Too Many Christmas Projects? Try This.

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My mom started a tradition when my sister, brother, and I were young. Every year for Christmas she would buy us each a Hallmark ornament that was personal to us in some way.

We carefully packed the ornaments away at the end of the season only to unbox them the following year when we received another ornament to add to our collection.

When we became adults and moved into our first homes, Mom boxed up our ornaments and sent them to us. For each of us, our first Christmas tree was covered in 20+ ornaments that represented our childhood and were reminders of past Christmases.

Mom has continued the tradition, adding spouses and grandchildren as they joined our family over the years. Our Christmas trees are covered in Hallmark ornaments that bring back wonderful memories.

In July, my sister-in-law started a group text with my sister, mom, and me. She sent the following picture with one line of text:

What kind of insanity is this?

the ornament aisle in a Hallmark store
(The ornament aisle in a Hallmark store.)

My mom replied:

“Christmas in July. Michelle went to the opening celebration at the local store and bought 10-12 ornaments already.

My sister Michelle’s response was:

The best kind of insanity!!!!!!

This group text made me realize Christmas in July isn’t insanity but brilliant. Especially if someone is a sewist and has a growing list of Christmas projects she wants to complete!

Note: This post was originally written in July 2019. To provide encouragement and inspiration in the present time, after each project mentioned below, I made a note of what actually happened. While planning definitely has its benefits, flexibility and honest reflection are important, too.

Christmas in July

Over the years I have collected Christmas ideas, patterns, and fabric. All with the intention of making the items but never actually doing it.

I’ve been on a mission to spend less time thinking about sewing and more time actually doing it. A solution to this problem was to create a Sewing Notebook.

The Christmas page in my Sewing Notebook in July 2019 had 11 ideas on it.

a list of Christmas sewing ideas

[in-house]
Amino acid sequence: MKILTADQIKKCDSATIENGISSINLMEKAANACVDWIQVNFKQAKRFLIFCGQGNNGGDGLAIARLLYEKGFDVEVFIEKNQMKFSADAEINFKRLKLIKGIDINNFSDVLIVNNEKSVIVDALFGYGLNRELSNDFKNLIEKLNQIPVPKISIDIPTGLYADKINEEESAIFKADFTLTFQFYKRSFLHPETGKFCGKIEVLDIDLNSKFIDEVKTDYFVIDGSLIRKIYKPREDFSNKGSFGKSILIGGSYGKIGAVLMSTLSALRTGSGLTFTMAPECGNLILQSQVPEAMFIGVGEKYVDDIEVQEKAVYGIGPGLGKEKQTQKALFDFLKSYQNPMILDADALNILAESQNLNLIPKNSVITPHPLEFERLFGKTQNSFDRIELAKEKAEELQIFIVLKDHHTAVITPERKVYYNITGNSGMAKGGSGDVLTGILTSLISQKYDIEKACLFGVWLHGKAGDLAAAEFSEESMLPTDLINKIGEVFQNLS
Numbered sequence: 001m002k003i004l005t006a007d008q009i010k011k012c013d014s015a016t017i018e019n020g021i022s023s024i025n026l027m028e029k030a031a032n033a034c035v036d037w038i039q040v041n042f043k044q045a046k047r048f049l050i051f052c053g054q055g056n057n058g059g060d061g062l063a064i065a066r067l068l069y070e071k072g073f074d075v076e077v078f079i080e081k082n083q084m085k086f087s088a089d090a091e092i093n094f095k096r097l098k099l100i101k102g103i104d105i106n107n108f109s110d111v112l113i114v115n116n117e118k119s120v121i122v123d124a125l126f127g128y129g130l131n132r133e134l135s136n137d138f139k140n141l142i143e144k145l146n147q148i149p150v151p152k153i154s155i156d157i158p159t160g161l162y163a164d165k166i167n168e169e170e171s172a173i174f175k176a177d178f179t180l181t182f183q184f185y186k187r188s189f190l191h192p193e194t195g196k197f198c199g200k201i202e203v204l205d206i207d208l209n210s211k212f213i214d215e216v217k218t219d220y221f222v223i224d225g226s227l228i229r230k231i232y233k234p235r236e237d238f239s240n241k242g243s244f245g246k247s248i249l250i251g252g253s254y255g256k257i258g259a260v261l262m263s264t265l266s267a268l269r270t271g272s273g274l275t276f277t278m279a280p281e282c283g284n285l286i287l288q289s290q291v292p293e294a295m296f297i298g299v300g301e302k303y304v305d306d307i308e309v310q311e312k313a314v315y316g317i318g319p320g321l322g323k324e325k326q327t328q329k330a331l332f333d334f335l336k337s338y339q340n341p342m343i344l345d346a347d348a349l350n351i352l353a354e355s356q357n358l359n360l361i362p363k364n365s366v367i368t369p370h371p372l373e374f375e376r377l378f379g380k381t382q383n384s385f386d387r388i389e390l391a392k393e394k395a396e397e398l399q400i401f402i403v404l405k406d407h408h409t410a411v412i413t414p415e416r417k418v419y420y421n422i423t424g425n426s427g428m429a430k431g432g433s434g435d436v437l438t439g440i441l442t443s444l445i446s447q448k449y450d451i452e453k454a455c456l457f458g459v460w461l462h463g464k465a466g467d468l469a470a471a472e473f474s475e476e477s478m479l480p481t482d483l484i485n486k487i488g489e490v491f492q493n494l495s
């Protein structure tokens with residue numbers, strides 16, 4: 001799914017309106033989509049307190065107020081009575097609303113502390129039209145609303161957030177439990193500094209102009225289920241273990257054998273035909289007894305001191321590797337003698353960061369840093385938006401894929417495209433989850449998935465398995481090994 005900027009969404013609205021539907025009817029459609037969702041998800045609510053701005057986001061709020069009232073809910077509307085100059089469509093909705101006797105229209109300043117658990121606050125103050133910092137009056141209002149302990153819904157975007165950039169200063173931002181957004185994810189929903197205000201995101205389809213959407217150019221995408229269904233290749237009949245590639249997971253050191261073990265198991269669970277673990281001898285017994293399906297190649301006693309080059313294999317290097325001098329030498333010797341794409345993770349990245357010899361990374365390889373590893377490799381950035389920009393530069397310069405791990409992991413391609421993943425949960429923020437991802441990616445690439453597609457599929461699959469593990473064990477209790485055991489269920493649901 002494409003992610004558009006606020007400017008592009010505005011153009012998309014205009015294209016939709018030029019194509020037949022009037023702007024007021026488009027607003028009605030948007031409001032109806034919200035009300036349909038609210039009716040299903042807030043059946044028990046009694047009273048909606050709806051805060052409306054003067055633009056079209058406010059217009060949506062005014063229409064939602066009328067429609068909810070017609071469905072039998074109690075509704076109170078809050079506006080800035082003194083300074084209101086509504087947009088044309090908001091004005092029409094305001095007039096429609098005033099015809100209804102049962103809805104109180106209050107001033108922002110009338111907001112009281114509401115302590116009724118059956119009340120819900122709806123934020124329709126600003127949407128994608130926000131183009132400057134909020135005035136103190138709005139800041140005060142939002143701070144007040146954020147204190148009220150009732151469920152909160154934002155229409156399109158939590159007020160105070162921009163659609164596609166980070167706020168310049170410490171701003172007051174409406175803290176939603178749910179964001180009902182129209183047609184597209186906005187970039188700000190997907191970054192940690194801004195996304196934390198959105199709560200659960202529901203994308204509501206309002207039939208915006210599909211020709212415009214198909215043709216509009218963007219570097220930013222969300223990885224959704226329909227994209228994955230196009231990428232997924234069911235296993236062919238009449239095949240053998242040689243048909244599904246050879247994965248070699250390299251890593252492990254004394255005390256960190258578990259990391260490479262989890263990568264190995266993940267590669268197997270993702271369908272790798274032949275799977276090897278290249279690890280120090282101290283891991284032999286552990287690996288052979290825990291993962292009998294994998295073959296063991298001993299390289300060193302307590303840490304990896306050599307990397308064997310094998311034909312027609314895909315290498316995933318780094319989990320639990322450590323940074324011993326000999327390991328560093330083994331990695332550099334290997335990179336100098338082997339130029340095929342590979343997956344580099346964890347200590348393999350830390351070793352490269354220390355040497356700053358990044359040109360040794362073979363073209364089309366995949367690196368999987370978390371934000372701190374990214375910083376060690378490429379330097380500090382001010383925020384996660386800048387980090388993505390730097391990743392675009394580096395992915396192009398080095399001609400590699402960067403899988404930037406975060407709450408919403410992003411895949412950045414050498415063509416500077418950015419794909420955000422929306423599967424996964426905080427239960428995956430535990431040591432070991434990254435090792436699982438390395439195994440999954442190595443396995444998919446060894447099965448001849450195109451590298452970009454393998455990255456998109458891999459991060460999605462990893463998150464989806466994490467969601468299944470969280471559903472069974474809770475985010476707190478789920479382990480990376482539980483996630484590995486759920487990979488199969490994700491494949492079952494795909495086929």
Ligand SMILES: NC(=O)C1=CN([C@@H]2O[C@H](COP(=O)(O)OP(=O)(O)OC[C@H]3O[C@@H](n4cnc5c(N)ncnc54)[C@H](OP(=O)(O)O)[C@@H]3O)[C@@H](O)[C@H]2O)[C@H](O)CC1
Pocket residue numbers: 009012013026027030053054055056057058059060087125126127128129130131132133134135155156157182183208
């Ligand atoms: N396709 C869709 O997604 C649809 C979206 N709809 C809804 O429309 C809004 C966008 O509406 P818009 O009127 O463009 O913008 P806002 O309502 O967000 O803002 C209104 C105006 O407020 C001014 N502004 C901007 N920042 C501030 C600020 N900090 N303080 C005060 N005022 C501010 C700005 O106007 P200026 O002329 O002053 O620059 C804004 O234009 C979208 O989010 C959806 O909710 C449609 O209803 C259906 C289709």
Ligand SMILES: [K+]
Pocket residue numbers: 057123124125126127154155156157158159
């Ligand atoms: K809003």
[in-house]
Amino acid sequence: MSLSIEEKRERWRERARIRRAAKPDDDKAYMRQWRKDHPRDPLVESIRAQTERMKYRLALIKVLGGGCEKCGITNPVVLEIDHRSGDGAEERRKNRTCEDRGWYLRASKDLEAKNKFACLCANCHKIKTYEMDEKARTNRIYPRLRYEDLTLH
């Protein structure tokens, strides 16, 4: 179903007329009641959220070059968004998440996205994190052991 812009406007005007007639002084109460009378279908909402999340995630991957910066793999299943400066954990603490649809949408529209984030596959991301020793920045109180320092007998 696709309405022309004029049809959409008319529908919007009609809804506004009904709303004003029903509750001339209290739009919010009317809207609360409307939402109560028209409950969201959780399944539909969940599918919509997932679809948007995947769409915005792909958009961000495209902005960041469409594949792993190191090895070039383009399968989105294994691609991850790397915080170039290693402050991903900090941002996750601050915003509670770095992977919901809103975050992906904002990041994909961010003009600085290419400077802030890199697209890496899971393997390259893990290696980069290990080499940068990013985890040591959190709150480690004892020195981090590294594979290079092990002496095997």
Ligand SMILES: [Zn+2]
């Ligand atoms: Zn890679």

The number of projects seemed overwhelming, especially when finding time to sew was a struggle. However, by planning in July and committing to completing one project a month, it would be possible to complete 6 projects.

Fabric Chain

When I attended the Houston Quilt Show in 2014, I picked up a “recipe” from the Moda Bakeshop booth. It featured a Fabric Chain by Debbie Duckworth.

a fabric chain

This “recipe” had been hanging on my sewing bulletin board for almost 5 years. This was one project I wanted to get done.

What actually happened: I got as far as getting all the supplies together. I’ve kept the basket of supplies visible and this project keeps calling me. Christmas 2021 will be the year. (Maybe. 😊)

Patchwork Ribbon

I’m not sure when I got Zakka Style, a book of sewing projects compiled by Rashida Coleman-Hale. But the copyright is 2011 and I’ve had it for years.

One project I’ve always liked in this book is the Patchwork Ribbon by Melody Miller. You use scraps to make yards of ribbon and can add embellishments like special stitches or buttons. The ribbon can be used as decoration for wrapped presents.

I’ve always wanted to add a touch of something special to gift wrapping.

Usually, my husband and I are wrapping gifts on Christmas Eve night with only enough time to get paper on everything.

Not this Christmas.

Christmas gifts this year will be wrapped earlier and have handmade patchwork ribbon made with love by me.

What actually happened: Gifts were wrapped earlier than Dec. 24 and with love, but they didn’t have the homemade ribbon. I’m still intrigued by making fabric ribbon but this project has moved down my list of things to sew for now because other projects are holding my interest.

Card Catcher

We don’t get nearly as many Christmas cards as we used to but I still like the card catcher in Art to Heart’s book The Night Before Christmas featuring designs by Nancy Halvorsen. The copyright is 2000.